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SCIENCE CHINA Technological Sciences • Article •
June 2016 Vol.59 No.6: 913–919 doi: 10.1007/s11431-015-5978-x
Improving the thermal shock resistance of ceramics by crack arrest blocks WANG YanWei1,2, XIA Biao1,2, SU HongHong1,3, CHEN Hang1,2 & FENG Xue1,2* 1
Applied Mechanics Laboratory, Department of Engineering Mechanics, Tsinghua University, Beijing 100084, China; 2 Center for Mechanics and Materials, Tsinghua University, Beijing 100084, China; 3 Department of Engineering Mechanics, Chongqing University, Chongqing 400044, China Received July 6, 2015; accepted October 20, 2015; published online February 19, 2016
Ceramics used in the high temperature environment are inevitably subjected to sudden temperature change, which may lead to catastrophic thermal shock failure due to the intrinsic brittleness of ceramics. In this paper, an experimental platform is designed to realize the in-situ observation during the thermal shock experiments. Experimental results show that all the cracks initiate from one of the edge midpoints and propagate to another one for square specimens. Such experimental observation is consistent with the maximum tensile stress zone with the maximum temperature gradient given by the finite element method (FEM). The different crack modes resulting from different heating rates after thermal shock experiments are observed and analyzed. Comparison between different clamping methods is conducted to study the effects of boundary conditions on the thermal shock experiments. Furthermore, in order to improve the thermal shock performance of alumina ceramics, crack arrest blocks are added near the edge midpoint. The thickness, shape and arrangement of the blocks are systematically investigated to understand the mechanism of improvement of thermal shock resistance. thermal shock, ultra-high temperature ceramics, crack arrest blocks, in-situ dynamic observation Citation:
Wang Y W, Xia B, Su H H, et al. Improving the thermal shock resistance of ceramics by crack arrest blocks. Sci China Tech Sci, 2016, 59: 913−919, doi: 10.1007/s11431-015-5978-x
1 Introduction In recent years, researchers and engineers have made increasing efforts to improve the performance of materials of aero-engine components [1,2] due to aircrafts with high Mach number. Due to the high melting point, better corrosion resistance and wear resistance, ceramics are extensively used in aerospace industry. However, the ceramics are prone to experience thermal shock failure due to their intrinsic brittleness . Moreover, for the serving environments with high temperature, the outer ceramic layers on the components suffer from both thermal shock and ablation
[4–6]. Therefore, the thermal shock resistance of ceramics becomes one of the important criteria in the selection and design of aerospace materials . According to the temperature difference, thermal shock can be divided into two categories: hot shock and cold shock. For hot shock, the specimen is directly heated to a target temperature [8–13] with a given heating rate. For cold shock, specimens are firstly heated to a target temperature, maintained for a certain time, and quickly put into the cooling medium such as water [14,15], oil , liquid metal , and gas [18,19]. During the thermal shock experiments, cracks are generated in the specimens when the thermal stress exceeds their strength and the maximum temperature difference at the occurrence of cracks is used to characterize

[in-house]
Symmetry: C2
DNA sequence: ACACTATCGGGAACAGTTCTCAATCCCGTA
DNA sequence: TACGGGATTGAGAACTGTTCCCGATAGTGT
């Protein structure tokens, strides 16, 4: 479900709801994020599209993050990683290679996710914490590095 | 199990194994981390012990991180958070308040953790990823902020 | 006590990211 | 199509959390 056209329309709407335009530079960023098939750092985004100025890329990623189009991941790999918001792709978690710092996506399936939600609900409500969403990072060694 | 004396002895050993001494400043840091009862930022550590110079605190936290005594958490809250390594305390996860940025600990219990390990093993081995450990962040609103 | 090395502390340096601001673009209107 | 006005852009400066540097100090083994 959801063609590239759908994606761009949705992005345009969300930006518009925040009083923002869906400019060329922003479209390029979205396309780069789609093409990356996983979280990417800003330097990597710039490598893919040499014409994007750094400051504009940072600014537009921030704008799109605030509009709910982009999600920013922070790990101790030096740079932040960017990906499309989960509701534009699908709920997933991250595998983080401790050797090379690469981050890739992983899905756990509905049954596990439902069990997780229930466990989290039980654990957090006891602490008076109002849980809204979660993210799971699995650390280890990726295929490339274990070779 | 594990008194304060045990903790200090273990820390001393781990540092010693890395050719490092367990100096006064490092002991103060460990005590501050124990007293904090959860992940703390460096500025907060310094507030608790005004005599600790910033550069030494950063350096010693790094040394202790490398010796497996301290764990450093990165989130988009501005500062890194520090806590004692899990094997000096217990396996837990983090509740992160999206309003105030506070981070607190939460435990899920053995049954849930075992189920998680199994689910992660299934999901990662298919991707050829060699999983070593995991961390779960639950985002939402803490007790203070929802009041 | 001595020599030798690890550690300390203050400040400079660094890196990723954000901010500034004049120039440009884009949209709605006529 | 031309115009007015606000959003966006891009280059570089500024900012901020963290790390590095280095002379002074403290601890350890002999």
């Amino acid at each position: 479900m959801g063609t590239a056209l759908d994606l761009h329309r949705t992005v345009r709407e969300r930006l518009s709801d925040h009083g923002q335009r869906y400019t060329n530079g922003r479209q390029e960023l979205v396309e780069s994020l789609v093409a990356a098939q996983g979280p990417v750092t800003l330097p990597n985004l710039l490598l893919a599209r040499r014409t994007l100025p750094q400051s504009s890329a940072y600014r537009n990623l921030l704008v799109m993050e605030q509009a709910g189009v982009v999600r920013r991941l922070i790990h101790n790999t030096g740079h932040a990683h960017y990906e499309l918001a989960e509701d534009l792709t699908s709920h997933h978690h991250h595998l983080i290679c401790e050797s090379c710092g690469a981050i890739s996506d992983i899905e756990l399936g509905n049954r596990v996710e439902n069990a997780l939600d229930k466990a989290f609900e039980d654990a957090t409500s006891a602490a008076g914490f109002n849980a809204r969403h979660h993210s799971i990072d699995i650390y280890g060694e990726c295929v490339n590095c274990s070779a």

the thermal shock resistance of the specimens. Cold shock, especially water quenching method, is generally adopted in traditional thermal shock test experiments due to the fact that hot shock test is limited by temperature increasing rate. Hasselman  studied the crack propagation behavior of cylindrical polycrystalline alumina rods with water quenching methods. It was found that the strength decreased dramatically when crack initiated, and remained constant until its further propagation or formation of new ones. Bahr et al. [21,22] and Shao et al. [23,24] studied the single and multiple crack patterns in ceramic plates after water quenching, and analyzed the distribution of interfacial cracks. However, the experimental conditions of traditional water quenching method are quite different from the real environment in aerospace, where materials are often subjected to the radiation or thermal shock during the rapid and non-uniform heating process with flame. Moreover, it is difficult to achieve in-situ dynamic observation for rapid water quenching due to the complex physical and chemical reactions during the process. The most common strategy to improve the thermal shock resistance is to add reinforcements into the ceramics, such as nickel, molybdenum, silicon nitride, graphite flake and silicon carbide [25–28], to optimize the lattice structure of the material. By the reduction of thermal resistance between ceramic grain boundaries, Li et al.  showed that the thermal shock resistance of alumina ceramic can be increased from 300 to 650°C. However, the improvement of the thermal shock resistance always means the sacrifice of other material properties of the materials. The thermal shock resistance of the ceramics is not only related to their thermal properties, but also closely related to the interface structure of the ceramic materials [29–34]. Based on the microstructure of the wing membrane of dragonfly, Song et al.  proposed a new method to pattern the surface of ceramics to a biomimetic nano-finned surface. During quenching, a thin air layer is created to envelop the surface, which enhances the thermal resistance of the structure. However, it is difficult to fabricate such micro-structures onto the surface of such brittle and chemically inert ceramic, and theoretical method is also scarcely proposed to guide the design and optimization of their shape and alignment. In this paper, an experimental platform is designed to realize the in-situ crack observation during the thermal shock experiments, in which the oxy-propane flame is used to heat the ceramics with the heating rate up to 150°C/s. Thermal shock experiments are performed for square ceramic specimens with different heating speeds, which lead to different crack modes. FEM is employed to reveal the stress and temperature distribution in the specimen in order to explain the laws for cracks initiation. Square and semicircular crack arrest blocks with different sizes are added to the edge midpoints of each specimen to improve the thermal shock resistance, which is demonstrated by experiments and FEM.